France votes for plain cigarette packaging from 2016
Cigarettes in France will be sold in plain packaging under a law that was finally passed in parliament on Thursday despite objections from the conservative opposition.
Starting in May 2016, the brand name will appear but in a small, uniform typeface and packets will be shorn of logos.
With backing from the ruling Socialists and the Greens, the text finally came into law after mainly conservative senators added amendments to the draft that was first voted in April, which would allow the brand name to appear in small letters.
The senate had initially demanded that the neutral packaging clause be removed from the draft legislation.Source: The Guardian – 18 December 2015
Ireland: Smoking in cars with children to be banned
A ban on smoking in vehicles when children are present will come into effect in the Republic of Ireland on New Year’s Day, 1 January 2016.
Anyone caught smoking in a vehicle in front of a child or youth under the age of 18 will be fined 100 euros (£73). Failure to pay the fine, or to stop a vehicle and give personal details to the police could lead to a prosecution and 1,000 euros (£727) penalty.
A similar ban is being considered by the Northern Ireland Assembly.Source: BBC News – 17 November 2015
US: Boston raises age for buying cigarettes, tobacco to 21
Boston health officials have voted to raise the minimum age for buying cigarettes and other nicotine products — including electronic cigarettes — from 18 to 21.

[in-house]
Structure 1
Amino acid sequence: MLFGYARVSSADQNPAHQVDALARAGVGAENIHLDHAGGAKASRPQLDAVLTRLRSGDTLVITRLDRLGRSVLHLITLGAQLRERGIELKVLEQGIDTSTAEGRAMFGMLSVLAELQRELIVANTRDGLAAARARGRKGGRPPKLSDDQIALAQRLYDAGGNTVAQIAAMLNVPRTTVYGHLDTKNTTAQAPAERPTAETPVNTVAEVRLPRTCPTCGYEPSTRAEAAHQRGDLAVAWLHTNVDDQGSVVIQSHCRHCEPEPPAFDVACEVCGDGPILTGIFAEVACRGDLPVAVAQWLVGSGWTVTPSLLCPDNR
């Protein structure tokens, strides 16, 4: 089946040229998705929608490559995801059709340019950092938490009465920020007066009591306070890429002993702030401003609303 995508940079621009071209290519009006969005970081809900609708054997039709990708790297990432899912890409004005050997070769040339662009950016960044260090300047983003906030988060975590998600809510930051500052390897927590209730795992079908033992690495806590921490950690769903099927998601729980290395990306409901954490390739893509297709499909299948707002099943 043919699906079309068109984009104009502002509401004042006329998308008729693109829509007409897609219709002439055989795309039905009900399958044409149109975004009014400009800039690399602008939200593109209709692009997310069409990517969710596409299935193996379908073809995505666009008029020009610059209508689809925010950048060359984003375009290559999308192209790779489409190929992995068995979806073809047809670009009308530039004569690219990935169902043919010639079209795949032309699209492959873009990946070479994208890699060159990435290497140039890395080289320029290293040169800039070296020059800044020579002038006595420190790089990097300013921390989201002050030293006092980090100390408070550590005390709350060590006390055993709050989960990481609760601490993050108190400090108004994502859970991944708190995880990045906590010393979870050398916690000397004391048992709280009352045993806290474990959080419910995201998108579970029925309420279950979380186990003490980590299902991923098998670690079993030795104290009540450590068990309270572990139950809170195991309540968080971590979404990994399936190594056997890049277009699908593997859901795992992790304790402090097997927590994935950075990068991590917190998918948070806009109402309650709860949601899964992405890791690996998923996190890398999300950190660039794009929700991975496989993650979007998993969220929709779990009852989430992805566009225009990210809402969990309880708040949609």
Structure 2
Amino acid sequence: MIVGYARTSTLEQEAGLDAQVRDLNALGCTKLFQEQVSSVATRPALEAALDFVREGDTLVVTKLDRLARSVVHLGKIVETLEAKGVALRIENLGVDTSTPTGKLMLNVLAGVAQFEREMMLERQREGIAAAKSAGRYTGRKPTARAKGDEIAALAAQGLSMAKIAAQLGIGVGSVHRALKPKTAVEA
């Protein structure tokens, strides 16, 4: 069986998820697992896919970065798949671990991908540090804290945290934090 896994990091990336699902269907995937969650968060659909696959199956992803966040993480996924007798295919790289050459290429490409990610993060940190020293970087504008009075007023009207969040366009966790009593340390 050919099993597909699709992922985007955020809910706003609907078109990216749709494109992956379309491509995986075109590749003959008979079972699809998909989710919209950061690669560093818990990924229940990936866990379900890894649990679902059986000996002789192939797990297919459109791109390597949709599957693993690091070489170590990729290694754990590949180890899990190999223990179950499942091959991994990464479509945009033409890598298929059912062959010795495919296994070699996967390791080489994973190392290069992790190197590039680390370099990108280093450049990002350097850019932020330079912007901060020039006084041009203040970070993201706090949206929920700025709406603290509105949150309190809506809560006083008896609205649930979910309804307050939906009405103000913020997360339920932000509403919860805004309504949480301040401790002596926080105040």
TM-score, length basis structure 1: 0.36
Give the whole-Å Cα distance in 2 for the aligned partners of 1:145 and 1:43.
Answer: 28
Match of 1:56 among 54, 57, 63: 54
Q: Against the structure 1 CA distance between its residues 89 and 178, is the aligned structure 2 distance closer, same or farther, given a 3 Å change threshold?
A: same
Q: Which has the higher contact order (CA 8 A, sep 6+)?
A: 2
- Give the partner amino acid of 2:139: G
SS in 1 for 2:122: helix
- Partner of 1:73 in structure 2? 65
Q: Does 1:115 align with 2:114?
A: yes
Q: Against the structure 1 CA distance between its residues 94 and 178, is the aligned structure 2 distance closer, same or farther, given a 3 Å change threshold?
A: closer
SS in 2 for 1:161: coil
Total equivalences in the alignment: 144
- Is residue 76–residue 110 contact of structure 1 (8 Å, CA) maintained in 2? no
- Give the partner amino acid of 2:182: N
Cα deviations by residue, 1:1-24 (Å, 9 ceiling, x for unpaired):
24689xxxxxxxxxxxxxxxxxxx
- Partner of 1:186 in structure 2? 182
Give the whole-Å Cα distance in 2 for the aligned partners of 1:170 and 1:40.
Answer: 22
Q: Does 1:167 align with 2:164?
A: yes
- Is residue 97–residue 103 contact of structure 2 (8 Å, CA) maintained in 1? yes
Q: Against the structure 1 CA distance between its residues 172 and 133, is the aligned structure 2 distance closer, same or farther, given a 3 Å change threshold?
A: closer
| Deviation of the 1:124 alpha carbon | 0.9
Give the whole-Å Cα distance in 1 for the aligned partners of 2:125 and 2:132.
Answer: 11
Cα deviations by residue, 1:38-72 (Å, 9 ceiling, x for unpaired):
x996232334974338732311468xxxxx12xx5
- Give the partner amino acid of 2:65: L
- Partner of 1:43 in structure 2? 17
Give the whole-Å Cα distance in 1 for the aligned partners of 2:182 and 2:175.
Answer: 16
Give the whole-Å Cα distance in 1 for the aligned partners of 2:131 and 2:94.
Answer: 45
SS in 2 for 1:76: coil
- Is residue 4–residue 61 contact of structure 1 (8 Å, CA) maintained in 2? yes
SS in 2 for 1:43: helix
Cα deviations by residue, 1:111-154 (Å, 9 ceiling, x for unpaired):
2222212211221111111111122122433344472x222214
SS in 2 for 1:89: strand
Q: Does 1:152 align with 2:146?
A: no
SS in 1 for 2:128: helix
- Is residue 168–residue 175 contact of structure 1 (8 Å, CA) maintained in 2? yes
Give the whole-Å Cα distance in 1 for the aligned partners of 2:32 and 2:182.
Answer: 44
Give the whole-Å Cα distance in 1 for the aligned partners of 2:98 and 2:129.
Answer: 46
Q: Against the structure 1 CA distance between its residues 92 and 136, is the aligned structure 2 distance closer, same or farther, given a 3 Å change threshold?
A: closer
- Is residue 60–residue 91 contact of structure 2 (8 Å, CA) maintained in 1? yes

Mayor Marty Walsh said the city now joins more than 85 other Massachusetts cities and towns — as well as New York City and Hawaii — in raising the age for purchasing cigarettes.
The Boston Board of Health also voted to increase the age for admission to adult-only retail tobacco stores and smoking bars to 21.
The changes will also limit the sale of flavored tobacco and nicotine products, other than menthol, to adult-only retailers.Source: Yahoo! News/AP – 18 December 2015
New Zealand: Calls for tobacco plain packaging
Following the collapse of the legal case against the Australian Government’s standardised packaging policy, Kerri Nuku, president of the New Zealand Nurses Organisation (NZNO) has called on the New Zealand Government to announce plain packaging laws in the country immediately.Source: Scoop – 18 December 2015
Indonesia: Health Ministry rejects tobacco draft bill
The Health Ministry has rejected the draft bill on tobacco affairs bill to be included in the 2016 National Legislation Program.
“We consistently reject [the draft bill]. The draft bill has no sense of urgency,” Lily Sulistyowati, director of non-transmitted disease at the Health Ministry.
Lily explained that relevant ministries under President Susilo Bambang Yudhoyono’s administration had agreed to halt the discussion of the draft bill. Lily explained that the tobacco industry was a subject of other laws.
The House of National Representatives National Legislation Board insisted on accelerating the discussion of the draft bill on tobacco affairs in the House’s plenary session. The House claimed that the draft bill would protect tobacco farmers by limiting tobacco imports.Source: Tempo – 17 December 2015
A Westminster Hall debate on tobacco control policy and the government strategy took place on Thursday. The Health Minister was in attendance and responded to comments made by MPs.Source: Hansard – 17 December 2015 : Column 613WH